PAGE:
What is a Zerto Commit Policy?
If you are a Zerto customer, you have probably seen this phrase when doing Moves and Live Failovers. But, unless you are the manual reading type, you probably have no idea what it means. I used Zerto for a year or so before Sean Masters (www.seanmmaster.com) was like “you idiot, do you not know what a commit policy is?” (I would venture to say that is verbatim how he said it too.) So don’t feel bad if you don’t know. Plus I’m going to explain it to you. 🙂
A Zerto commit policy allows you to either automatically commit or delay committing to a particular point in time when going to a recovery site copy of your data. This is a major differentiator for Zerto because it means that you aren’t stuck with a bad copy of the data after you failover. If the point in time (or checkpoint in Zerto speak) isn’t what you want, then you can get out of that copy and move to a different checkpoint quickly and easily.
[stextbox id=’info’]Update: Zerto 6.0 now sets a 60 minute wait time before committing failovers or moves by default![/stextbox]
Real world example
If your file server gets hit with a cryptovirus and all of you data is encrypted, you are probably going to want to fail over to your DR copy. But do you know EXACTLY when the virus started? Zerto gives you incredible granularity with its checkpoints, so if you know exactly when it started, you can recover with minimal data loss. (If you don’t you can always roll back farther, but the idea is to minimize data loss.)
We will assume that the virus hit at 10 AM; therefore our first checkpoint selection might be from 9:59:35 in the journal. Next, we tell Zerto to do a live failover, and the VM boots up. After logging in, we realize that the virus is still there and files are already encrypted. I guess that checkpoint isn’t going to work. So how to we go to a different point in time? EASY!
We tell Zerto to rollback instead of commit. Then we are essentially right where we started; we can again go through and pick a new checkpoint, say 9:55:00, and fire up that copy. If it looks right, we will “commit” to this copy of the data. Why do we have to commit? Well, we want Zerto to know that this checkpoint is good and that we are ready to start reverse replication back to the other site. Committing to a checkpoint will allow that process to start.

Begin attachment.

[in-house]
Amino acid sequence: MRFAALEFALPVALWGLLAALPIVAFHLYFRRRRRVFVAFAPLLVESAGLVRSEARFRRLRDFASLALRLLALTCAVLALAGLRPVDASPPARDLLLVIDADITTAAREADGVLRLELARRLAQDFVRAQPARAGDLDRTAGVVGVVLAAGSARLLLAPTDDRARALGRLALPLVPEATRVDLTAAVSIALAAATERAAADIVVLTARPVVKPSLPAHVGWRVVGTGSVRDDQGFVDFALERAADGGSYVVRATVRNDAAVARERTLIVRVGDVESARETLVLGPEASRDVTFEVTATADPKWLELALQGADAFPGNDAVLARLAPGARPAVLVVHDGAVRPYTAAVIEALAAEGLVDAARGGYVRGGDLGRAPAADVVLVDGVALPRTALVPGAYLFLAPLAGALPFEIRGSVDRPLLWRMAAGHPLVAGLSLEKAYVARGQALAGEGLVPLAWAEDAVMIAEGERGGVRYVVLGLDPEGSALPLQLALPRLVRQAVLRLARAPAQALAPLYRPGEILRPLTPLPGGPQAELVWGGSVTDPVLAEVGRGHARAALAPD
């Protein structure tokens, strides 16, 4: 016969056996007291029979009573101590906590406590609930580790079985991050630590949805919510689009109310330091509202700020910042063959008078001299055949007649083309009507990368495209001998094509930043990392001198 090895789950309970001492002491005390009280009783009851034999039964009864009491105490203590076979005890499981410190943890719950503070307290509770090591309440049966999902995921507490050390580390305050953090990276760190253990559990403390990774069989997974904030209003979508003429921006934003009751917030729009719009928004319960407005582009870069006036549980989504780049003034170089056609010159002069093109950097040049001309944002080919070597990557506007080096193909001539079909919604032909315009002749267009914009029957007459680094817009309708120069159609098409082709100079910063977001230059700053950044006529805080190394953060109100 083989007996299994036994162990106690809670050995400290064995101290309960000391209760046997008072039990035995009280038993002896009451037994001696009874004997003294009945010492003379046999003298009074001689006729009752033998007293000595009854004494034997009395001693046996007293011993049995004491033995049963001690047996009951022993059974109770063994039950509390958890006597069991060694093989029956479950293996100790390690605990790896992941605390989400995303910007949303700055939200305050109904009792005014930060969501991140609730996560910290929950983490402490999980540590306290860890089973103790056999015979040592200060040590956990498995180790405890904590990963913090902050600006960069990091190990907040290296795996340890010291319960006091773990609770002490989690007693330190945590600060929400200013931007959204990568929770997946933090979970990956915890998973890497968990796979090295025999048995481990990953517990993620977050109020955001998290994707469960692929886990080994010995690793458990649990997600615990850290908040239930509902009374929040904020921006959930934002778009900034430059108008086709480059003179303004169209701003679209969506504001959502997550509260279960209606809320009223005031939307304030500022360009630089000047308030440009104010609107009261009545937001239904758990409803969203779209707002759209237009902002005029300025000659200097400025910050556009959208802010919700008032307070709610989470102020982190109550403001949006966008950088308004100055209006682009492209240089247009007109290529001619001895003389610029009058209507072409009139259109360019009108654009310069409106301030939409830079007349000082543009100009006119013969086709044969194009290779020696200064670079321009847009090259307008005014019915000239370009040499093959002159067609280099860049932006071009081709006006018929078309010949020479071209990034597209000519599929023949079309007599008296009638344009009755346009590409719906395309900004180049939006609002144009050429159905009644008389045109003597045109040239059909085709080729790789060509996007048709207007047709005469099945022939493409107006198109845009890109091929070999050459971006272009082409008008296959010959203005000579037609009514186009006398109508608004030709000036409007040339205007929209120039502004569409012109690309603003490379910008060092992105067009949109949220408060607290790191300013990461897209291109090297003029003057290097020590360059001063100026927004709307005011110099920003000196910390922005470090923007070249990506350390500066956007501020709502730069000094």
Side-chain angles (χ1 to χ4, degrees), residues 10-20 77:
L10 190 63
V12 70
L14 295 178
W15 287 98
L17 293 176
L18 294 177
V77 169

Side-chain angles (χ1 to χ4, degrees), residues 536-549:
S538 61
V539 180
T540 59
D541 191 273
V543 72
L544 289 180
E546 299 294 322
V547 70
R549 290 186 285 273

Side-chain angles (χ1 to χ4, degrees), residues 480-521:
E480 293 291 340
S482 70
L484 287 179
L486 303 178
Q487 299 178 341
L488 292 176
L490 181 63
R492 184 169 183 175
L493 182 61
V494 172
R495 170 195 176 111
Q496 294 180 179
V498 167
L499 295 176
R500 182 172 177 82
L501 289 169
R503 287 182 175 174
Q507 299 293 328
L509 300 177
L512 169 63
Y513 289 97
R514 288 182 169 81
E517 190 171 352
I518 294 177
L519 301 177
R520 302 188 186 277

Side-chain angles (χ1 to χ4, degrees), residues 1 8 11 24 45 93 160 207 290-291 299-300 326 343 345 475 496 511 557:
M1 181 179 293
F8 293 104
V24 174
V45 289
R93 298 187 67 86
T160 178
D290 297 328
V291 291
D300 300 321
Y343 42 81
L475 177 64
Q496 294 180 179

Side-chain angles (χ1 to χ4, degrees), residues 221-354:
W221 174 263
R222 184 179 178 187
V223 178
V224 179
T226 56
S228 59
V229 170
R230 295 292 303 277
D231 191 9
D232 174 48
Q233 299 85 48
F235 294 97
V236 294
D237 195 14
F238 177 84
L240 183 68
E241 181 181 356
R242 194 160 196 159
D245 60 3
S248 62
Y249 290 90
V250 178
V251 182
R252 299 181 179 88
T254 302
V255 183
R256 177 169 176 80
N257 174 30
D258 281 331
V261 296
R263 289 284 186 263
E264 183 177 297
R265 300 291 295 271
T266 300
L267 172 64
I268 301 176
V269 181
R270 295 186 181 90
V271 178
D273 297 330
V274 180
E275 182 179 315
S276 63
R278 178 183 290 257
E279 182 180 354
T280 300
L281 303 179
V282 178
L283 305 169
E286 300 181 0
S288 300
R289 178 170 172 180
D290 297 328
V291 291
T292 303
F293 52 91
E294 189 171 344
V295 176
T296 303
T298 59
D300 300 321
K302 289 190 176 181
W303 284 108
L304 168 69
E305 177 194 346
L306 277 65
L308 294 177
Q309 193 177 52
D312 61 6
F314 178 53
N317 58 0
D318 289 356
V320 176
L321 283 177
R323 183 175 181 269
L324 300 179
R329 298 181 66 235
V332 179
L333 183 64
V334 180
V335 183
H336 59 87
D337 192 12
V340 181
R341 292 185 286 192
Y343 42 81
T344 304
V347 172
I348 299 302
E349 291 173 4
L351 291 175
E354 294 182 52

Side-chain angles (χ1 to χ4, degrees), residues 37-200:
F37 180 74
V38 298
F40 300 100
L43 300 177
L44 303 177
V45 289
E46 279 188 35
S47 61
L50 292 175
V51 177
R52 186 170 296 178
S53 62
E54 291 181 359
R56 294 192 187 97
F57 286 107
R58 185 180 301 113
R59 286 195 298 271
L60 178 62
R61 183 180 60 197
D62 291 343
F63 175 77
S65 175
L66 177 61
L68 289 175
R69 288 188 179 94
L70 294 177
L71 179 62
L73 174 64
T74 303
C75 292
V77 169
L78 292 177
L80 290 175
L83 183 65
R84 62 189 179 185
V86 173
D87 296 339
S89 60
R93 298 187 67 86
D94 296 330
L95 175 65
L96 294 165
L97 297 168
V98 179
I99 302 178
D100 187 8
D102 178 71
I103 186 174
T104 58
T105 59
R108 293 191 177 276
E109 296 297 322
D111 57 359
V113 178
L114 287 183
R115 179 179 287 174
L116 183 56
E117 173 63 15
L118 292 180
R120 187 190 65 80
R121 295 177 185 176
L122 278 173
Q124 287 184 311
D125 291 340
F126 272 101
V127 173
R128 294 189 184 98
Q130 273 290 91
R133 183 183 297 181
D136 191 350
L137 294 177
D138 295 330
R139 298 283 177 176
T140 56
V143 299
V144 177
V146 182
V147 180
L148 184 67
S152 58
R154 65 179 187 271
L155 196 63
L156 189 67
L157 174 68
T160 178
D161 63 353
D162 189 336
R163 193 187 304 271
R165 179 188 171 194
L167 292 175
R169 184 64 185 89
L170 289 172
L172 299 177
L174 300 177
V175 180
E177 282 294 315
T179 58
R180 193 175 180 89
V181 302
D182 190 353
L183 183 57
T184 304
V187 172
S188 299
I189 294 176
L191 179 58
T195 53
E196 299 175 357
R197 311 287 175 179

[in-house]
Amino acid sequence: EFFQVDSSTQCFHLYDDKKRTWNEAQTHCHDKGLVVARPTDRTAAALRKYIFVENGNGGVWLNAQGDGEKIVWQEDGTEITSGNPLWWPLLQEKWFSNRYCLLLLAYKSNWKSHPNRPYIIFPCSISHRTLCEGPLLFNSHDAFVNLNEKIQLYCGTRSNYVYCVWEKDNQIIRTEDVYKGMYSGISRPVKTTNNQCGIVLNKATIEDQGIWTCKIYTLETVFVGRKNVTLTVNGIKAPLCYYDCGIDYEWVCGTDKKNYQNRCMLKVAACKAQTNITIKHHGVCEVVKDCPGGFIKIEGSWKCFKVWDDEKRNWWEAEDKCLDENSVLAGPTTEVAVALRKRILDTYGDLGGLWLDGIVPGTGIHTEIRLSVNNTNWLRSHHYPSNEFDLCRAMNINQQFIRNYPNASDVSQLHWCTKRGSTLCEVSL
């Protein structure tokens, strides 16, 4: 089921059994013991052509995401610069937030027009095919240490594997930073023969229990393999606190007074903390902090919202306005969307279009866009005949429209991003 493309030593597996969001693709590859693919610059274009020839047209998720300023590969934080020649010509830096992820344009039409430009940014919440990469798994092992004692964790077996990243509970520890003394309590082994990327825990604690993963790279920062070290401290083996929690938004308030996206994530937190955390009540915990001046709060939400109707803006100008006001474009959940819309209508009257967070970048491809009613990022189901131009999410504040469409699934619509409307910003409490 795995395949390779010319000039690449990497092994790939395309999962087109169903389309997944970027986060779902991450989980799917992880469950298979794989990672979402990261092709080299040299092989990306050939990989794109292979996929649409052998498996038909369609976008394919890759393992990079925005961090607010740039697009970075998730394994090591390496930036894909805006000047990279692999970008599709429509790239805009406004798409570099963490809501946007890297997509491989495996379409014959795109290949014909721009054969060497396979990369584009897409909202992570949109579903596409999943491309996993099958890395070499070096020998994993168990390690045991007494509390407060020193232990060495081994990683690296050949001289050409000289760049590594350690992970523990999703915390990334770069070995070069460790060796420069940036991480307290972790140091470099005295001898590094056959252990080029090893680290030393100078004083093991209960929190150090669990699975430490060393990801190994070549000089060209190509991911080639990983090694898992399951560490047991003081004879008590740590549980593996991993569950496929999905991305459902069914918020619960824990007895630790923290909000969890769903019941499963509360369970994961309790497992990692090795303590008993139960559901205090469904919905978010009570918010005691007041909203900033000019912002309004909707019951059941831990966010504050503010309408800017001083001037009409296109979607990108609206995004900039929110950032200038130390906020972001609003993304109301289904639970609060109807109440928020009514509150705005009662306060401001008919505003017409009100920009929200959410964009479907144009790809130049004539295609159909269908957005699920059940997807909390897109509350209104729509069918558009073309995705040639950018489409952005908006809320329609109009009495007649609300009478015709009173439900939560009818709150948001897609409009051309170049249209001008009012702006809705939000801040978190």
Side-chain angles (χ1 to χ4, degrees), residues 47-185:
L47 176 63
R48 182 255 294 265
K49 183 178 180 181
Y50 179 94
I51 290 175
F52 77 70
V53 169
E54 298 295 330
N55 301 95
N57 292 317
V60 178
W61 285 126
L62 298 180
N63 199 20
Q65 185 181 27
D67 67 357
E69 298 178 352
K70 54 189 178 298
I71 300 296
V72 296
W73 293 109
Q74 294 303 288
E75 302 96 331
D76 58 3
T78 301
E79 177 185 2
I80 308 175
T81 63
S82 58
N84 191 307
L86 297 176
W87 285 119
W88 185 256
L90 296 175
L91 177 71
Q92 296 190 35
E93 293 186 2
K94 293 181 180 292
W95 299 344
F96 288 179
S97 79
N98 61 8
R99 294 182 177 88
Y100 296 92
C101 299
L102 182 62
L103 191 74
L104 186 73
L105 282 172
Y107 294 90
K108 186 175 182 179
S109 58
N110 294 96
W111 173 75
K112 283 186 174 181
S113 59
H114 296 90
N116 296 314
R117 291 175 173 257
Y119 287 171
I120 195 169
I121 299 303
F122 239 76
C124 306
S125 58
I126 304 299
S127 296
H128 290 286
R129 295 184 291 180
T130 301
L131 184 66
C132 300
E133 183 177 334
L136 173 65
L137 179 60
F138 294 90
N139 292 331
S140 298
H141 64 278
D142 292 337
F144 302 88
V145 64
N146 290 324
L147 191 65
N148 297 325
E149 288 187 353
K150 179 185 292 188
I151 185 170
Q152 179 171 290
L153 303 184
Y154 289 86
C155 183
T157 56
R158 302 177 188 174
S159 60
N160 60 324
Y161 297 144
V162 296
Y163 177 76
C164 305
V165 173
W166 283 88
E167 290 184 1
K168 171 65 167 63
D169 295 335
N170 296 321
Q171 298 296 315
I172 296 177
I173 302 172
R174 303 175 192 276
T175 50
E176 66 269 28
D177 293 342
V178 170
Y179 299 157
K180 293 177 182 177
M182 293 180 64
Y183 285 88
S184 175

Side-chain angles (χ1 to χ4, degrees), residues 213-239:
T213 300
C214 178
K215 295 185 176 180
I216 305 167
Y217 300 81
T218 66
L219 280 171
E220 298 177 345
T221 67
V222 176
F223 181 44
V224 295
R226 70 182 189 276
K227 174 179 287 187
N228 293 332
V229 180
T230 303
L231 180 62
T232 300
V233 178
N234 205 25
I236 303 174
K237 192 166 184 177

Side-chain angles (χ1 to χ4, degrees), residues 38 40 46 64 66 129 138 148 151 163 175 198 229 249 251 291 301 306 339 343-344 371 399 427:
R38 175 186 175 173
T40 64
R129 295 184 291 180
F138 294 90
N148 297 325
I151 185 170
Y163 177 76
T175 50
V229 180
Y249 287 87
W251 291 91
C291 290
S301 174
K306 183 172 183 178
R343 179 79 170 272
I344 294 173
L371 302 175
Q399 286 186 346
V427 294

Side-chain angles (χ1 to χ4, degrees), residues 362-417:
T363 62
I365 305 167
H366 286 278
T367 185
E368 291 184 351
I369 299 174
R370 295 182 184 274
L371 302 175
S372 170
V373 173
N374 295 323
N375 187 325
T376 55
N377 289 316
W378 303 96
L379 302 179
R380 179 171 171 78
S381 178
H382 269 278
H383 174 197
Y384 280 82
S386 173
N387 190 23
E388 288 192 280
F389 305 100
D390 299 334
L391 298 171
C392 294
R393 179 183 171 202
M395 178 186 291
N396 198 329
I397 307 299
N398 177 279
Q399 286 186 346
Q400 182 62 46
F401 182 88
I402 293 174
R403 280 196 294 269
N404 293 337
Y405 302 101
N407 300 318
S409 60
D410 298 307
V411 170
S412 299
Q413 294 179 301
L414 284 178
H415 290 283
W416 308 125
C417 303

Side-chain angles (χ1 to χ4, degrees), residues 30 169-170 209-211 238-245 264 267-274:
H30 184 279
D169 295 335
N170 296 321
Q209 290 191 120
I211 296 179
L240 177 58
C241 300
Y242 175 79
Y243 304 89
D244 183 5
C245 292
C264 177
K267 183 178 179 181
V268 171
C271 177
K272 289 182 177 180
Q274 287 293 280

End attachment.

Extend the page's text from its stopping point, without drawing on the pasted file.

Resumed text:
Zerto Commit Options
There are three options that you can pick from for commit policy.
None is the easy one to explain. Commits do not happen automatically when you select “None”. You must manually come back to Zerto after checking the failed over virtual machines and tell Zerto to Commit or Rollback. The “None” commit policy is what I illustrated in the example above.
The downside to the “none” commit policy is that if you leave a VM in a not-committed state for too long, it can run out of scratch disk space. This will cause the VM to lock up. The “none” policy also does not consolidate the journal and base disk automatically, so it will cause your VMs to use more datastore space than needed after a while.
Auto-Commit means that after a predetermined amount of time, Zerto will assume that everything is OK with the virtual machines it has failed over and automatically commit those VM’s. Reverse replication can then start if it was supposed to. By default, Zerto waits for zero (0) minutes before auto-commit happens. In other words, if you haven’t modified your commit policy either manually during VPG failover or move, or globally, Zerto will automatically commit you to whatever checkpoint you picked without asking you to confirm.